In the area of processed products, what does the situation look like now? You said that 90% of the range of sausages on the shelf is made in Romania, but that "made in Romania" is not similar to a product of Romanian origin. We have this situation with sausages: most of the imported meat goes to the sausage industry. In the future, it will be a very difficult step to select the best-selling items, taking into account that the main ingredient, meat, is of Romanian origin. Which means that we are no longer just talking about products made in Romania, but of Romanian origin. Regarding the dairy category, the situation is a bit more relaxed in the sense that most of the production in Romania is made with milk from the local market. But I would like to draw attention to some categories that are produced in Romania only very little or not at all, such as UHT milk. It is a sought after milk, demanded by Romanian consumers, but it is not produced in sufficient quantities in Romania. In a similar situation is the triangle melted cheese. There is only one manufacturer with limited quantities, but the demand is much higher. Or certain yoghurt types that consumers associate with dessert if fruits are added, for example. Likewise, we have to resort to imports because local production is limited and does not cover demand.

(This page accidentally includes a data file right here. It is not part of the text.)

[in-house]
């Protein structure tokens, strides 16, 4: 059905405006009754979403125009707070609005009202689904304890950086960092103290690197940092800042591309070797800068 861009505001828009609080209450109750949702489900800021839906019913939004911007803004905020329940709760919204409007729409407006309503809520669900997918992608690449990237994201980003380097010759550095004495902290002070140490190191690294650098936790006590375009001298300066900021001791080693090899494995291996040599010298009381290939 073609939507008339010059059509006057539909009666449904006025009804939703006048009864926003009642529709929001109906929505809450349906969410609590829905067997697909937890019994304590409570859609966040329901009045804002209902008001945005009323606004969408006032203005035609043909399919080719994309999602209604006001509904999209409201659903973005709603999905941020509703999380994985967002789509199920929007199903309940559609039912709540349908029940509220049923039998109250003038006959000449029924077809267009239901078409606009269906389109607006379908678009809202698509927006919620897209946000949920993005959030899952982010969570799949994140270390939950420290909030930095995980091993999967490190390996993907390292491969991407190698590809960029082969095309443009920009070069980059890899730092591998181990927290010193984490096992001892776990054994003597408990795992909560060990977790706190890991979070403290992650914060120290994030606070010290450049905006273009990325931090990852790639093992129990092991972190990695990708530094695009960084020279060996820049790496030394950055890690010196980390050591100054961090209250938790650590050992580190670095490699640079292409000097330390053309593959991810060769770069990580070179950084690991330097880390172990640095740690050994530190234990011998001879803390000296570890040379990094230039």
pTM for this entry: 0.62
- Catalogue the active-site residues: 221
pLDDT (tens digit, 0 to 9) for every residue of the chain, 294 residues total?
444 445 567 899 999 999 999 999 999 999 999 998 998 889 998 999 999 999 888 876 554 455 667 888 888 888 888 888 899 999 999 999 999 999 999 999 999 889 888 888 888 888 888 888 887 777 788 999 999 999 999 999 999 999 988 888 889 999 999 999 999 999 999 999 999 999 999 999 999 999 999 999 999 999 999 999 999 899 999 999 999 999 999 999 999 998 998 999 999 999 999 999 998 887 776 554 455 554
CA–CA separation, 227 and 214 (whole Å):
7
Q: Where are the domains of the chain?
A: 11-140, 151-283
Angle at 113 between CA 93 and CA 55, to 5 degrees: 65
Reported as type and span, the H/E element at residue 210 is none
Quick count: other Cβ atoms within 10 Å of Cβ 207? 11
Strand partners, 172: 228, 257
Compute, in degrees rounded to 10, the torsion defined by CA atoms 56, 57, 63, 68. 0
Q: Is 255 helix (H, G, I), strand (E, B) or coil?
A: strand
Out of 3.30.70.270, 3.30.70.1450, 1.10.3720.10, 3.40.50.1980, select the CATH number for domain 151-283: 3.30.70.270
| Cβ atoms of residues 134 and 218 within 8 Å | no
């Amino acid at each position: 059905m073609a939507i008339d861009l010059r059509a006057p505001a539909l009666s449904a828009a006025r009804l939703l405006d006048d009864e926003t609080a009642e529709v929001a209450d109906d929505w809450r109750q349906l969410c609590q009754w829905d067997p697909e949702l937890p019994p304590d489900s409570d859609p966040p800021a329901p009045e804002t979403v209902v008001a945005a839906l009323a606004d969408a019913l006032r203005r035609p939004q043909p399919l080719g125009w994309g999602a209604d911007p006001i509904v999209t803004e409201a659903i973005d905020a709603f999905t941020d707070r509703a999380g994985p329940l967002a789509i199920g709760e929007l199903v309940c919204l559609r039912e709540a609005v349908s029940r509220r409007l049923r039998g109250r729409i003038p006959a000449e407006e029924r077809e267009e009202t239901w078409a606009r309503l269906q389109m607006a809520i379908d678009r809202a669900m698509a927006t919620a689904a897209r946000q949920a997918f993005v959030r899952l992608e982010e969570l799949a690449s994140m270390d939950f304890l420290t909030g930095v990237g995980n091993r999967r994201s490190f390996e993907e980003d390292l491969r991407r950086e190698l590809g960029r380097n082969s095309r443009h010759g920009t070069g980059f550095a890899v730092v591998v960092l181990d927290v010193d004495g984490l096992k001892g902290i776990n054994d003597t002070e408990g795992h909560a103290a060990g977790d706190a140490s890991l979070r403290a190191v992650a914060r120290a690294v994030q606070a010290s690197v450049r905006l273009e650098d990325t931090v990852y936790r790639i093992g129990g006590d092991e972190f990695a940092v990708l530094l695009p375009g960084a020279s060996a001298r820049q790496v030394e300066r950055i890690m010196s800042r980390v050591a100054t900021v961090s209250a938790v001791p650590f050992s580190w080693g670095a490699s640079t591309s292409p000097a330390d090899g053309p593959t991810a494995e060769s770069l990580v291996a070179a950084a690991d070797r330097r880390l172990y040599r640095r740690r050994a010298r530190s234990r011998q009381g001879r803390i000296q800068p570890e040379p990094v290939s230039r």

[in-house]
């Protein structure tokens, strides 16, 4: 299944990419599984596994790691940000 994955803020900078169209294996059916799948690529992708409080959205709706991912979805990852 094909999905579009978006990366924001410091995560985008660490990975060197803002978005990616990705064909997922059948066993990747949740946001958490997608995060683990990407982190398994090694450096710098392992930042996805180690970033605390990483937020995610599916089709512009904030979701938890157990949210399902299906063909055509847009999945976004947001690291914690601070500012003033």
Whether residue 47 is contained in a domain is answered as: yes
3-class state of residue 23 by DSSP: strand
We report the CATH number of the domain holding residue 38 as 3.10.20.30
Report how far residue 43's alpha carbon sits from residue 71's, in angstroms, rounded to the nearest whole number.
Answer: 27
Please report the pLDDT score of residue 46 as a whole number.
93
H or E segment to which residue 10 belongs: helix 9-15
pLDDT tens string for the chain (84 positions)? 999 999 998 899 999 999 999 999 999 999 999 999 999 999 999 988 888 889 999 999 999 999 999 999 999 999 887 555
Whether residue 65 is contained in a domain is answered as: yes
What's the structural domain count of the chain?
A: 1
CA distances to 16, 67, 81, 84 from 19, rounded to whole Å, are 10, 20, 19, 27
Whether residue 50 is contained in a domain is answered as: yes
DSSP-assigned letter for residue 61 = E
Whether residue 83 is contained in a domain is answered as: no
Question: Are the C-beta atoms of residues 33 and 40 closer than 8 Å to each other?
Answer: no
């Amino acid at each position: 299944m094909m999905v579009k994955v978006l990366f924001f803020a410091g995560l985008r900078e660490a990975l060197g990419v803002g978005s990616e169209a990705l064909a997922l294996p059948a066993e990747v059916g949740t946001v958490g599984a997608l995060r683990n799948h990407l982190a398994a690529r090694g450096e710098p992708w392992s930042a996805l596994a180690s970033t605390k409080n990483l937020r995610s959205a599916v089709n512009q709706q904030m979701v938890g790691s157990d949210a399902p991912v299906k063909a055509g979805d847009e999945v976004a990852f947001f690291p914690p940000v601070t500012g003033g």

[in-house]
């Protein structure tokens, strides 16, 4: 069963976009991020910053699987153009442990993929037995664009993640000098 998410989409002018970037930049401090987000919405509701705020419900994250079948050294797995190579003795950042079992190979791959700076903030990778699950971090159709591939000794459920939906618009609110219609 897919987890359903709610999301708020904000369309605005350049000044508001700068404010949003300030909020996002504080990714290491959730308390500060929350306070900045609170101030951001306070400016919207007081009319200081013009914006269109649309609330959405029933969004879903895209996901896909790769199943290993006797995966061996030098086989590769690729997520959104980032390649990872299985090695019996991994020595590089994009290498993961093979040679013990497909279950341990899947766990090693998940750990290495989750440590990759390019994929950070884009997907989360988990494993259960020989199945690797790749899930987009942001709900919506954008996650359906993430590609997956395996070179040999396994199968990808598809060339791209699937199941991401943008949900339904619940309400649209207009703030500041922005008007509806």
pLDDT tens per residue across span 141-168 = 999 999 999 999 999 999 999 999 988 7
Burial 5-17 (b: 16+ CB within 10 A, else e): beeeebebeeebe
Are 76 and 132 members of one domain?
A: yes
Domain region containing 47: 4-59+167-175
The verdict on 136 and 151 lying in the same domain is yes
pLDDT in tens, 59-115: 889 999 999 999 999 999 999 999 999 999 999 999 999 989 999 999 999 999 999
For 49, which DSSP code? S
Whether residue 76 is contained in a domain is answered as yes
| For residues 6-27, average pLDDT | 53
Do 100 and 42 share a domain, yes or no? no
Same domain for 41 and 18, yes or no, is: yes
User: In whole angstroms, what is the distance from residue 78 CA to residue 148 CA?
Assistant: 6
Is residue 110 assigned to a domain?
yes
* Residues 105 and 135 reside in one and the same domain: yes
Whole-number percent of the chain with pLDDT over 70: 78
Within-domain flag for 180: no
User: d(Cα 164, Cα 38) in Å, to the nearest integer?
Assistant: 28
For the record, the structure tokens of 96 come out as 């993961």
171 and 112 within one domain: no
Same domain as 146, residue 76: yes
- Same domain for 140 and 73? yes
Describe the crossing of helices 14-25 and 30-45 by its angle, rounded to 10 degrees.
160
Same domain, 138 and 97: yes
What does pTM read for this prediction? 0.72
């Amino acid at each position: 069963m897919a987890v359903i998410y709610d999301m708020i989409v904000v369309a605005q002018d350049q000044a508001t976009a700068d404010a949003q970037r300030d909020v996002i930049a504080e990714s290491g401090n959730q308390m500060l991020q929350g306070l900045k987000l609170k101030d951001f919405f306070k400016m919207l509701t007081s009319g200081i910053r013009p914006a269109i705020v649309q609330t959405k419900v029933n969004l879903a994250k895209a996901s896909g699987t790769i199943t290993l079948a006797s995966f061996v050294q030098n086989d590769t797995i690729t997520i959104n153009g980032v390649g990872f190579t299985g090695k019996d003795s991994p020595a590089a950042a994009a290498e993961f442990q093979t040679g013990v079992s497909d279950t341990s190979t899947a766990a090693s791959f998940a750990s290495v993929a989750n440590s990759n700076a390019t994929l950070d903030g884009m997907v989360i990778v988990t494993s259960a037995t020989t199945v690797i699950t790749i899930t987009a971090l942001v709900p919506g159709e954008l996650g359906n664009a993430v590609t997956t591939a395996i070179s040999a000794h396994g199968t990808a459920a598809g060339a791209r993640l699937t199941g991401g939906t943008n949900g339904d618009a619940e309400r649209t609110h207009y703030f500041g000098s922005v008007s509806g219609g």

How important are local partnerships to Penny and how do you support local producers? First of all, I want to emphasize one thing: we focus on local production not for nationalist reasons, but for practical reasons. A product made in Romania is easier to supply, if sales increase or decrease sharply, we can adapt quickly. An engineer in the food industry understands better what a salami means for Romanians than an engineer who works in a factory abroad. The Romanian engineer understands exactly what the Romanian consumer wants and can produce a product exactly like that. At the moment, Penny has about 600 Romanian suppliers and they generate about 85% of the PENNY turnover. But this does not mean that the products are also manufactured in Romania or that they are of Romanian origin. Our goal, an ambitious one, is to get 60% of the assortment to be of Romanian origin, i.e. processed in Romania and the main ingredient to be of Romanian origin. At this moment, approximately 50% of Penny's assortment is of Romanian origin. We made a detailed analysis and identified the way in which we can meet our goal of having 60% assortment of Romanian origin in the next three years. For Penny it is more advantageous to buy sausages made of Romanian meat versus sausages made of imported meat even if they are produced locally, respectively to sell a Romanian apple compared to an apple from Poland because it is easier to interact with the producer, you can convey concrete details about your needs. In the case of import orders, you cannot make last minute changes because they are already on their way to you. In addition, supporting local production will lead to growing economic activity and, implicitly, economic growth. A circle closes, practically: you generate economic growth, the disposable income for the consumer increases, the demand for local products increases and the cycle repeats itself. And last but not least, we can be much more sustainable with these shorter supply chains.